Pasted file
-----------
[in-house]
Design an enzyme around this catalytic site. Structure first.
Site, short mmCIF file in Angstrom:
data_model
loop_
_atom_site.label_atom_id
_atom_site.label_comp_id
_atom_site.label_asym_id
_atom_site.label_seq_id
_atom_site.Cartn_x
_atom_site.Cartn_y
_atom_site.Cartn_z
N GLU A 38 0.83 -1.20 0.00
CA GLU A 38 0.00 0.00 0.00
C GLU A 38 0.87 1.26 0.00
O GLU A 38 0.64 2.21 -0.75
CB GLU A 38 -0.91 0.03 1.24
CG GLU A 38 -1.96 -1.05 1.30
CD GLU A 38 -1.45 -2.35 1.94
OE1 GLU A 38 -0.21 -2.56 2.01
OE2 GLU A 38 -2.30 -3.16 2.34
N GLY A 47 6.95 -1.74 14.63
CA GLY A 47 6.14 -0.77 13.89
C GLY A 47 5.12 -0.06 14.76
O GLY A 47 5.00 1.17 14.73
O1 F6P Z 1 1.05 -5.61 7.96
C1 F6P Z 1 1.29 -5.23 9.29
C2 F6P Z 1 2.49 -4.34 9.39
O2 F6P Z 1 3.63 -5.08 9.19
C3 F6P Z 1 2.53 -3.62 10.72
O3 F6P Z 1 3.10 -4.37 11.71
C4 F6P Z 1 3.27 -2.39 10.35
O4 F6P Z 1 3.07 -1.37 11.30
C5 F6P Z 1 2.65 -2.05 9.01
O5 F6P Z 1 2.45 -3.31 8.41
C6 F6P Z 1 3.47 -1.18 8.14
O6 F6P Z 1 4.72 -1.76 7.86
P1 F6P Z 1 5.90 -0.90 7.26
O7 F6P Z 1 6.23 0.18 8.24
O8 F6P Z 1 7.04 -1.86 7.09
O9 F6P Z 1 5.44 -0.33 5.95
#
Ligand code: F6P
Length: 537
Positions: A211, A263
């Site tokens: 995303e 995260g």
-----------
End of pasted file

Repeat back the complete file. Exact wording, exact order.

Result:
[in-house]
Design an enzyme around this catalytic site. Structure first.
Site, short mmCIF file in Angstrom:
data_model
loop_
_atom_site.label_atom_id
_atom_site.label_comp_id
_atom_site.label_asym_id
_atom_site.label_seq_id
_atom_site.Cartn_x
_atom_site.Cartn_y
_atom_site.Cartn_z
N GLU A 38 0.83 -1.20 0.00
CA GLU A 38 0.00 0.00 0.00
C GLU A 38 0.87 1.26 0.00
O GLU A 38 0.64 2.21 -0.75
CB GLU A 38 -0.91 0.03 1.24
CG GLU A 38 -1.96 -1.05 1.30
CD GLU A 38 -1.45 -2.35 1.94
OE1 GLU A 38 -0.21 -2.56 2.01
OE2 GLU A 38 -2.30 -3.16 2.34
N GLY A 47 6.95 -1.74 14.63
CA GLY A 47 6.14 -0.77 13.89
C GLY A 47 5.12 -0.06 14.76
O GLY A 47 5.00 1.17 14.73
O1 F6P Z 1 1.05 -5.61 7.96
C1 F6P Z 1 1.29 -5.23 9.29
C2 F6P Z 1 2.49 -4.34 9.39
O2 F6P Z 1 3.63 -5.08 9.19
C3 F6P Z 1 2.53 -3.62 10.72
O3 F6P Z 1 3.10 -4.37 11.71
C4 F6P Z 1 3.27 -2.39 10.35
O4 F6P Z 1 3.07 -1.37 11.30
C5 F6P Z 1 2.65 -2.05 9.01
O5 F6P Z 1 2.45 -3.31 8.41
C6 F6P Z 1 3.47 -1.18 8.14
O6 F6P Z 1 4.72 -1.76 7.86
P1 F6P Z 1 5.90 -0.90 7.26
O7 F6P Z 1 6.23 0.18 8.24
O8 F6P Z 1 7.04 -1.86 7.09
O9 F6P Z 1 5.44 -0.33 5.95
#
Ligand code: F6P
Length: 537
Positions: A211, A263
């Site tokens: 995303e 995260g």